Taurasi said as far back as the 2016 Rio Games that her Olympic career was likely over, but returned to the national team after Dawn Staley succeeded Geno Auriemma as head coach in 2017.

In Tokyo, Taurasi and longtime backcourt partner Sue Bird became the first basketball players to win five Olympic gold medals. Bird has since retired.

After beating Japan in the final, Taurasi said “see you in Paris,” smiling, as she left an NBC interview. That’s now looking less like a joke and more like a prediction.

Minnesota Lynx coach Cheryl Reeve succeeded Staley as head coach last year. In early fall, she guided the U.S. to arguably the best FIBA World Cup performance ever, despite not having stalwarts Bird, Griner, Tina Charles and Sylvia Fowles.

Taurasi was not in contention for the team after suffering a WNBA season-ending quad injury in the summer. Taurasi, who is 38-0 in Olympic games and started every game at the last four Olympics, wasn’t on a U.S. team for an Olympics or worlds for the first time since 2002.

Next year, Taurasi can become the oldest Olympic basketball player in history and the first to play in six Games, according to Olympedia.org. Spain’s Rudy Fernandez could also play in a sixth Olympics in 2024.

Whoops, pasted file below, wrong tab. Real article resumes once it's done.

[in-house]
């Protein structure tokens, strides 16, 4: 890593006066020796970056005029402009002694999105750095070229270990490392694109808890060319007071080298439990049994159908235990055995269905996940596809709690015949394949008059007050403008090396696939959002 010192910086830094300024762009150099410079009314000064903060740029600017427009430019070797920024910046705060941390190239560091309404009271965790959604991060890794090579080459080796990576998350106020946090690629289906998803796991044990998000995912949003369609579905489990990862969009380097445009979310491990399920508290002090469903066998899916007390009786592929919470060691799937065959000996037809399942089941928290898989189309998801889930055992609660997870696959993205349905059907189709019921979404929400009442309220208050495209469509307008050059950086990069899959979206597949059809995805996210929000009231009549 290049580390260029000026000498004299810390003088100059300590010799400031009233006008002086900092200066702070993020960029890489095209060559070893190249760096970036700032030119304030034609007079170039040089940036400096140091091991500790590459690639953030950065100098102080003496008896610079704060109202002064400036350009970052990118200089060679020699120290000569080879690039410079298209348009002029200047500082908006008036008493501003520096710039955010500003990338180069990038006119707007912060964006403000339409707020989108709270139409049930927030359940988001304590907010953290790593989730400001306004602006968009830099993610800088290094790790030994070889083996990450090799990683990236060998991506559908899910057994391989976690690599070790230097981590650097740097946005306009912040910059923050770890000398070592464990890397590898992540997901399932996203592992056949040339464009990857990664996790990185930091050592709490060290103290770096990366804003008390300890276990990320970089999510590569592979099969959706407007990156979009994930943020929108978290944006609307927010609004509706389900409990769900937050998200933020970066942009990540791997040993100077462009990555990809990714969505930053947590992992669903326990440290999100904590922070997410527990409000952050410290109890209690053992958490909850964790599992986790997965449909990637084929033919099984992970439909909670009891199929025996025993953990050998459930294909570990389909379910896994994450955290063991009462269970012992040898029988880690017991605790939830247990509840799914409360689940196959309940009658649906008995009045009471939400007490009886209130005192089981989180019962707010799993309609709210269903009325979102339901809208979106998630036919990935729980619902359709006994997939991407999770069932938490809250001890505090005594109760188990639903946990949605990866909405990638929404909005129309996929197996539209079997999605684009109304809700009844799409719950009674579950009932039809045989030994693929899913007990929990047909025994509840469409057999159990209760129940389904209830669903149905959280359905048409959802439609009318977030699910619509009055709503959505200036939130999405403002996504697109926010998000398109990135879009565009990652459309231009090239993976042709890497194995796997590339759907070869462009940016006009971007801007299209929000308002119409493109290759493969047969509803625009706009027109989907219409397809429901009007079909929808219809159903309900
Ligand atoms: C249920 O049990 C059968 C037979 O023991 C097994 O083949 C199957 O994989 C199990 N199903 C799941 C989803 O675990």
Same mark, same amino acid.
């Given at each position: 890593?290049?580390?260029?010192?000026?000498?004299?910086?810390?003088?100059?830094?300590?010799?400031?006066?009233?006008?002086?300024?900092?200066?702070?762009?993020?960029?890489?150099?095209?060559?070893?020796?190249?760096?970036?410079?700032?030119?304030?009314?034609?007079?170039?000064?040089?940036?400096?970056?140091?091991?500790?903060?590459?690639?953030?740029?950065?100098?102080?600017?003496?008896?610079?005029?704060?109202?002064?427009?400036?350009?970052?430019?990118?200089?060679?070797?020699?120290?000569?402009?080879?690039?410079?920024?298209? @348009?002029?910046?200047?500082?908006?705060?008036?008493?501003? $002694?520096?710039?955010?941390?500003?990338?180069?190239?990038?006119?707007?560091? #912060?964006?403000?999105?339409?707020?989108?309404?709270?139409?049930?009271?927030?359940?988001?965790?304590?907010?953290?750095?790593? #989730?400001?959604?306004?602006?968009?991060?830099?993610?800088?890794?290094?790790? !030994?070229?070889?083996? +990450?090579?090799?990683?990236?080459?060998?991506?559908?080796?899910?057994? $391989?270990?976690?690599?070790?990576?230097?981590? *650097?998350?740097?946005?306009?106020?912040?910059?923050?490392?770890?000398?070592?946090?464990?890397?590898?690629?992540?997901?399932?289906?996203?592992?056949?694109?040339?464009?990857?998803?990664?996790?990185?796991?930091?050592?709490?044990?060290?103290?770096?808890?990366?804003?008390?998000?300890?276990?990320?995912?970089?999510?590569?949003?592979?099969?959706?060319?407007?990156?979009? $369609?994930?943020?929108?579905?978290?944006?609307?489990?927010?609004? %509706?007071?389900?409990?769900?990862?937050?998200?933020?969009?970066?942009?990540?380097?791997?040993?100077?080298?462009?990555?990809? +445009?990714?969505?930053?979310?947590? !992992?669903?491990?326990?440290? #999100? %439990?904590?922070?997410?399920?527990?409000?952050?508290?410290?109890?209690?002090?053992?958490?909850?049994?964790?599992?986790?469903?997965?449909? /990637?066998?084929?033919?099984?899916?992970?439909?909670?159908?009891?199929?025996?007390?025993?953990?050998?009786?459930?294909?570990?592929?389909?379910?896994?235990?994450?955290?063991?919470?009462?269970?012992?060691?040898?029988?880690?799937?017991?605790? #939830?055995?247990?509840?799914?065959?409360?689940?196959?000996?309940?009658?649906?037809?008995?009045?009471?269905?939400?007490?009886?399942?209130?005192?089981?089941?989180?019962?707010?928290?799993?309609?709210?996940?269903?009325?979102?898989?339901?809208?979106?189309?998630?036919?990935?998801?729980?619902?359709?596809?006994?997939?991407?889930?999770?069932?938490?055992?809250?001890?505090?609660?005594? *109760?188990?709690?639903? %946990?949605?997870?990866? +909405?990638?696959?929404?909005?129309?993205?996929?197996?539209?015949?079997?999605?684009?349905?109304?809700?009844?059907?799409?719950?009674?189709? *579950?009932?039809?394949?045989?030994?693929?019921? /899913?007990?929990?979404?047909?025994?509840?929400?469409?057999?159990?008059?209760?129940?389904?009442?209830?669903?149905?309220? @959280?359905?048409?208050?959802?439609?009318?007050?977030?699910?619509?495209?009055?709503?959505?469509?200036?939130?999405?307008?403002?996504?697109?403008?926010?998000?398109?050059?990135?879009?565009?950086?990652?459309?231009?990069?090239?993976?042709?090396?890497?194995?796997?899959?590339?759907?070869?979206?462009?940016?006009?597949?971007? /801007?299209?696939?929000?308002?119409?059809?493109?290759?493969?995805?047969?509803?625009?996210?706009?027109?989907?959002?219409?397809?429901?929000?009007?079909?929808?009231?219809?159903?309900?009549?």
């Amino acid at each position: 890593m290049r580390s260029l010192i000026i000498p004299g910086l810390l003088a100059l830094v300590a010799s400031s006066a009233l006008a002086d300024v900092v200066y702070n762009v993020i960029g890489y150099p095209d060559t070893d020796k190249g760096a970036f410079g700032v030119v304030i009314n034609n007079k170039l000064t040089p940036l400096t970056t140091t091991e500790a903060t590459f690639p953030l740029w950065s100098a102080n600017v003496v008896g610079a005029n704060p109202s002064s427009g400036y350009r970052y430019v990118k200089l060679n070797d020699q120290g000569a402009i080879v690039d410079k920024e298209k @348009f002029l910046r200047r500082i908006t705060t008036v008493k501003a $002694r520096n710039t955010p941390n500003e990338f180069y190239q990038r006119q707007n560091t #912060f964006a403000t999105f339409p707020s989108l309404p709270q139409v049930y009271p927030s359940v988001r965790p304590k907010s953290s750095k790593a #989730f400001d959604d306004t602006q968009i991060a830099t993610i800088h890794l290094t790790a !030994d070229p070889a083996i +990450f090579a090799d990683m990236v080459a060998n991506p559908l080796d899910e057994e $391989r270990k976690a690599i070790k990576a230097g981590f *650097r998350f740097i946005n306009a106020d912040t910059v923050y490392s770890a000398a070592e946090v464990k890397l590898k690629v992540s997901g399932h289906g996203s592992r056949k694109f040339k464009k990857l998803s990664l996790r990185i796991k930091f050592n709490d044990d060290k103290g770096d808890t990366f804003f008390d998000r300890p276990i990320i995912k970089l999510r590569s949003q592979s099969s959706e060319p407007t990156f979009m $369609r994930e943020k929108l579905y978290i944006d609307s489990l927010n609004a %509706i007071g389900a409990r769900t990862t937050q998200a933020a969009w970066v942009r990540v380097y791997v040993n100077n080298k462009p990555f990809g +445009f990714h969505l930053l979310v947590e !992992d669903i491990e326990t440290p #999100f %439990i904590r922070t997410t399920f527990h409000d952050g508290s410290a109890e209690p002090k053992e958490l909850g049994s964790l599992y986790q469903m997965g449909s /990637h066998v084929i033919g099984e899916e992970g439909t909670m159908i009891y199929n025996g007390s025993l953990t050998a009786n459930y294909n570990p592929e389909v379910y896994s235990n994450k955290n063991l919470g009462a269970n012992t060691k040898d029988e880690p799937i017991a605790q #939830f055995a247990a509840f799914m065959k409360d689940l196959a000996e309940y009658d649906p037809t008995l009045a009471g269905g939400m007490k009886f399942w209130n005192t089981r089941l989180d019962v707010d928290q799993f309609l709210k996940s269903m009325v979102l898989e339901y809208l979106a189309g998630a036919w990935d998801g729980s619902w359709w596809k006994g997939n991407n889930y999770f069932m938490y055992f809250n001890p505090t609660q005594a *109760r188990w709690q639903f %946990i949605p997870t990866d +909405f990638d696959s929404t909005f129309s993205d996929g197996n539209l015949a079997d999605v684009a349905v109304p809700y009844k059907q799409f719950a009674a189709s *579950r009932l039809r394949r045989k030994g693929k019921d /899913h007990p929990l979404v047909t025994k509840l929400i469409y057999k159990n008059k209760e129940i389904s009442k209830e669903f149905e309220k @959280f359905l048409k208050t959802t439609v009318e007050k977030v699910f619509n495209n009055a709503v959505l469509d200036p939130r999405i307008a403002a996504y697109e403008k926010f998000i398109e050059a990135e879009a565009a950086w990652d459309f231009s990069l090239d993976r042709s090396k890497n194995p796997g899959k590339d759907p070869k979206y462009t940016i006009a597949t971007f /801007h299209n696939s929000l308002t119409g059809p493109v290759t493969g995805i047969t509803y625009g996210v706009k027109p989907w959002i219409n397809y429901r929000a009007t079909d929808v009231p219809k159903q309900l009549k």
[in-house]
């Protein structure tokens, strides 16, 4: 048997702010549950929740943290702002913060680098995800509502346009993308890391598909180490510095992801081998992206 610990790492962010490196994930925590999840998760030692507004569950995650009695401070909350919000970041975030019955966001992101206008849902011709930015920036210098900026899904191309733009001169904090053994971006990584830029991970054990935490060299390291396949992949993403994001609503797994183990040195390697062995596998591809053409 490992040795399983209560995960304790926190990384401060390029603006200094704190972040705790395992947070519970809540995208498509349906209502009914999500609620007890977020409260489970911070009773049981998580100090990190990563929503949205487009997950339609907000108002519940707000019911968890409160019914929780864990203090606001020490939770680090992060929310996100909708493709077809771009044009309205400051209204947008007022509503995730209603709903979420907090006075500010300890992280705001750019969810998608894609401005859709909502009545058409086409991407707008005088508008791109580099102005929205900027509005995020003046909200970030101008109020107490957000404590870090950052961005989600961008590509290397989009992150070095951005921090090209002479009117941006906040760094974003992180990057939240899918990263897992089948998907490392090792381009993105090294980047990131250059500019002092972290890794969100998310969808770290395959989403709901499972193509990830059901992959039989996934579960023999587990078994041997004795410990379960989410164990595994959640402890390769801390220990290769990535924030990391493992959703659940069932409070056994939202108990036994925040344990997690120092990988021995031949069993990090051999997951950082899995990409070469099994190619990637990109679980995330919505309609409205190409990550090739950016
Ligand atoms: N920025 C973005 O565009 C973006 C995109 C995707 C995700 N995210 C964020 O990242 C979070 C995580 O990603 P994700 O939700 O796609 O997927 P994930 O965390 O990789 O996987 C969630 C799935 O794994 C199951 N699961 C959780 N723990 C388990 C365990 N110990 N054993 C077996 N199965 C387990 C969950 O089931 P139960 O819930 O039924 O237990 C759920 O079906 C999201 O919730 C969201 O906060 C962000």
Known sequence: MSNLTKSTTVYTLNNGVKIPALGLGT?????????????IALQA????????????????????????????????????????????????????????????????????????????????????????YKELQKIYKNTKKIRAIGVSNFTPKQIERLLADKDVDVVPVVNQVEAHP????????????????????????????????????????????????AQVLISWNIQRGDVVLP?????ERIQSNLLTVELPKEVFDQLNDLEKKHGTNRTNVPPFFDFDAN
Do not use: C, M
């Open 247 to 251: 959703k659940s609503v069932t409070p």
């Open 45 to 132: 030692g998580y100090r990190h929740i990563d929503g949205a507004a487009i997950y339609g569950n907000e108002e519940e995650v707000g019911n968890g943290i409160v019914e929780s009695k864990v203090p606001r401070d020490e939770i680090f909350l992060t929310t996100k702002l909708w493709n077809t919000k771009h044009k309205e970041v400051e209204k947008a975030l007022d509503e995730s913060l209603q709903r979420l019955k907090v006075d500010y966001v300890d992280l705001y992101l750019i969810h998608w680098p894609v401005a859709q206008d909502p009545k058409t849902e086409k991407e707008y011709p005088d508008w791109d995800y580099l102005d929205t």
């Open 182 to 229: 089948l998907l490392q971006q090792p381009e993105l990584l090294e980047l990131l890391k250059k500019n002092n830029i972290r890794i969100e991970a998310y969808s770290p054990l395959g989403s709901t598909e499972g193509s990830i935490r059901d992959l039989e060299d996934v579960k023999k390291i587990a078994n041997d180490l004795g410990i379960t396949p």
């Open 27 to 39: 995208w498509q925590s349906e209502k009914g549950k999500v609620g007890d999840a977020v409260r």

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Mo Farah likely to retire this year

Mo Farah
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British track legend Mo Farah will likely retire by the end of this year.

“I’m not going to go to the Olympics, and I think 2023 will probably be my last year,” the 39-year-old Farah said, according to multiple British media reports.

Farah, who swept the 5000m and 10,000m golds at the Olympics in 2012 and 2016, was announced Tuesday as part of the field for the London Marathon on April 23.

Last May, Farah reportedly said he believed his career on the track was over, but not the roads.

London might not be his last marathon. Farah also said that if, toward the end of this year, he was capable of being picked to run for Britain again, he would “never turn that down,” according to Tuesday’s reports.

It’s not clear if Farah was referencing the world track and field championships, which include a marathon and are in Budapest in August. Or selection for the 2024 British Olympic marathon team.

The fastest British male marathoner last year ran 2:10:46, ranking outside the top 300 in the world. Farah broke 2:10 in all five marathons that he’s finished, but he hasn’t run one since October 2019 (aside from pacing the 2020 London Marathon).

Farah withdrew four days before the last London Marathon on Oct. 2, citing a right hip injury.

Farah switched from the track to the marathon after the 2017 World Championships and won the 2018 Chicago Marathon in a then-European record time of 2:05:11. Belgium’s Bashir Abdi now holds the record at 2:03:36.

Farah’s best London Marathon finish in four starts was third place in 2018.

Farah returned to the track in a failed bid to qualify for the Tokyo Olympics, then shifted back to the roads.